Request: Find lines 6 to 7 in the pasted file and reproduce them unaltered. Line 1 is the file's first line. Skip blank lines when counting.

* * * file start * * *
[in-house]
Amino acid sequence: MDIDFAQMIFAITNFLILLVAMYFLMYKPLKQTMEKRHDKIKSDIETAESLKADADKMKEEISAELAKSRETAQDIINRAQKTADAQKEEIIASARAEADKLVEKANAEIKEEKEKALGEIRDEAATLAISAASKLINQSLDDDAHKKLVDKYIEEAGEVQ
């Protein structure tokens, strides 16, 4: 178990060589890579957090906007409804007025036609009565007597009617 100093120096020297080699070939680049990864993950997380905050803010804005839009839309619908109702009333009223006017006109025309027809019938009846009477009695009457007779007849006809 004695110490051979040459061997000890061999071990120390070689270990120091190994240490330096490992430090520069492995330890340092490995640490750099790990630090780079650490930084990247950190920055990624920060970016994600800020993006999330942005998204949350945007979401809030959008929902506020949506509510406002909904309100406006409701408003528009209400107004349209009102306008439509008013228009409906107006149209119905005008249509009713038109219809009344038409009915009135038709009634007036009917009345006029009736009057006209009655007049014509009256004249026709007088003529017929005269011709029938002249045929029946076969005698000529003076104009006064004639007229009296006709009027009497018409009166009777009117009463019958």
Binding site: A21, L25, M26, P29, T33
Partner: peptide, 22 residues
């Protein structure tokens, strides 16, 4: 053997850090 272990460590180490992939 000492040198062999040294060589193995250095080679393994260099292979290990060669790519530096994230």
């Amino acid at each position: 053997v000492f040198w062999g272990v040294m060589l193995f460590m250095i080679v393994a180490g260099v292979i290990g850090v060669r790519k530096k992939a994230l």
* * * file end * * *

């Protein structure tokens, strides 16, 4: 053997850090 272990460590180490992939 000492040198062999040294060589193995250095080679393994260099292979290990060669790519530096994230």
């Amino acid at each position: 053997v000492f040198w062999g272990v040294m060589l193995f460590m250095i080679v393994a180490g260099v292979i290990g850090v060669r790519k530096k992939a994230l």